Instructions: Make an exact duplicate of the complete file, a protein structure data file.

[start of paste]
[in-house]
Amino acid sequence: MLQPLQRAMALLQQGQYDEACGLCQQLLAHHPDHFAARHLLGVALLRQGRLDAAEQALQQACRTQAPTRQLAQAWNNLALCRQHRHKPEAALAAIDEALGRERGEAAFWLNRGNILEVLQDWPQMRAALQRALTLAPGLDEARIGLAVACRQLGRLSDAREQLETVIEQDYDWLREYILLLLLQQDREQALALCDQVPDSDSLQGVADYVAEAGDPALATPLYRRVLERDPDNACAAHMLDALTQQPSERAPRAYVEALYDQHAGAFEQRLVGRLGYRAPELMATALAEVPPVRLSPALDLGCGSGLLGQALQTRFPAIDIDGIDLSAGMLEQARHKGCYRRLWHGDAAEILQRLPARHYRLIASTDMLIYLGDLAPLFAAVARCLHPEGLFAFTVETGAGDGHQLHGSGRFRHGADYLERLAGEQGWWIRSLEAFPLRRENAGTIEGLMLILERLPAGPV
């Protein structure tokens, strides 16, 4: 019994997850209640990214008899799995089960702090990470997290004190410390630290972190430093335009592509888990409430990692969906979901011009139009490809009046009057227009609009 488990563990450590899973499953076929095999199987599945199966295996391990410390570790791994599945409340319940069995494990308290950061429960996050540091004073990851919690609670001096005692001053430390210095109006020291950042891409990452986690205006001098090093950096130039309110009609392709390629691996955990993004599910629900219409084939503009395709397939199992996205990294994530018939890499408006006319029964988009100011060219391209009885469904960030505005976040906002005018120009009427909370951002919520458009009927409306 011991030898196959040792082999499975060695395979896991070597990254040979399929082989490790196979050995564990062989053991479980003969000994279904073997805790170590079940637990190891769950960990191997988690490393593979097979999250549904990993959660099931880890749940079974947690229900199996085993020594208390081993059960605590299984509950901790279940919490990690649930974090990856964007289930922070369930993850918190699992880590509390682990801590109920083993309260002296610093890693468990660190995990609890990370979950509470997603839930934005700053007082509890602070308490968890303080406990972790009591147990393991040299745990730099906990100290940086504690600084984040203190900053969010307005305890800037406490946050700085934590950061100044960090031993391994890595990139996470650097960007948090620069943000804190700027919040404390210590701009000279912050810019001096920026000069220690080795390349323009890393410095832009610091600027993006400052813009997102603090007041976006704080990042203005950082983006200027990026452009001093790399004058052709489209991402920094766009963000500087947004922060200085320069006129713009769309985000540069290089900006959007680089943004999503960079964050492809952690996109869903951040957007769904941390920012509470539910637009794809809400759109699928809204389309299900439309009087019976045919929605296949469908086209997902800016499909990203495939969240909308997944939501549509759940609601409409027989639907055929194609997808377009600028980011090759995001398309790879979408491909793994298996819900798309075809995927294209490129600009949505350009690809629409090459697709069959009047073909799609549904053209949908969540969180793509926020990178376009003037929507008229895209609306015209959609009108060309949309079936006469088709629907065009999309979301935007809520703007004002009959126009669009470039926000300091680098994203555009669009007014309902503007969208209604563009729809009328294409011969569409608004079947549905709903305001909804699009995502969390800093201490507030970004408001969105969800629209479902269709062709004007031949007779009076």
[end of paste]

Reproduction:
[in-house]
Amino acid sequence: MLQPLQRAMALLQQGQYDEACGLCQQLLAHHPDHFAARHLLGVALLRQGRLDAAEQALQQACRTQAPTRQLAQAWNNLALCRQHRHKPEAALAAIDEALGRERGEAAFWLNRGNILEVLQDWPQMRAALQRALTLAPGLDEARIGLAVACRQLGRLSDAREQLETVIEQDYDWLREYILLLLLQQDREQALALCDQVPDSDSLQGVADYVAEAGDPALATPLYRRVLERDPDNACAAHMLDALTQQPSERAPRAYVEALYDQHAGAFEQRLVGRLGYRAPELMATALAEVPPVRLSPALDLGCGSGLLGQALQTRFPAIDIDGIDLSAGMLEQARHKGCYRRLWHGDAAEILQRLPARHYRLIASTDMLIYLGDLAPLFAAVARCLHPEGLFAFTVETGAGDGHQLHGSGRFRHGADYLERLAGEQGWWIRSLEAFPLRRENAGTIEGLMLILERLPAGPV
């Protein structure tokens, strides 16, 4: 019994997850209640990214008899799995089960702090990470997290004190410390630290972190430093335009592509888990409430990692969906979901011009139009490809009046009057227009609009 488990563990450590899973499953076929095999199987599945199966295996391990410390570790791994599945409340319940069995494990308290950061429960996050540091004073990851919690609670001096005692001053430390210095109006020291950042891409990452986690205006001098090093950096130039309110009609392709390629691996955990993004599910629900219409084939503009395709397939199992996205990294994530018939890499408006006319029964988009100011060219391209009885469904960030505005976040906002005018120009009427909370951002919520458009009927409306 011991030898196959040792082999499975060695395979896991070597990254040979399929082989490790196979050995564990062989053991479980003969000994279904073997805790170590079940637990190891769950960990191997988690490393593979097979999250549904990993959660099931880890749940079974947690229900199996085993020594208390081993059960605590299984509950901790279940919490990690649930974090990856964007289930922070369930993850918190699992880590509390682990801590109920083993309260002296610093890693468990660190995990609890990370979950509470997603839930934005700053007082509890602070308490968890303080406990972790009591147990393991040299745990730099906990100290940086504690600084984040203190900053969010307005305890800037406490946050700085934590950061100044960090031993391994890595990139996470650097960007948090620069943000804190700027919040404390210590701009000279912050810019001096920026000069220690080795390349323009890393410095832009610091600027993006400052813009997102603090007041976006704080990042203005950082983006200027990026452009001093790399004058052709489209991402920094766009963000500087947004922060200085320069006129713009769309985000540069290089900006959007680089943004999503960079964050492809952690996109869903951040957007769904941390920012509470539910637009794809809400759109699928809204389309299900439309009087019976045919929605296949469908086209997902800016499909990203495939969240909308997944939501549509759940609601409409027989639907055929194609997808377009600028980011090759995001398309790879979408491909793994298996819900798309075809995927294209490129600009949505350009690809629409090459697709069959009047073909799609549904053209949908969540969180793509926020990178376009003037929507008229895209609306015209959609009108060309949309079936006469088709629907065009999309979301935007809520703007004002009959126009669009470039926000300091680098994203555009669009007014309902503007969208209604563009729809009328294409011969569409608004079947549905709903305001909804699009995502969390800093201490507030970004408001969105969800629209479902269709062709004007031949007779009076």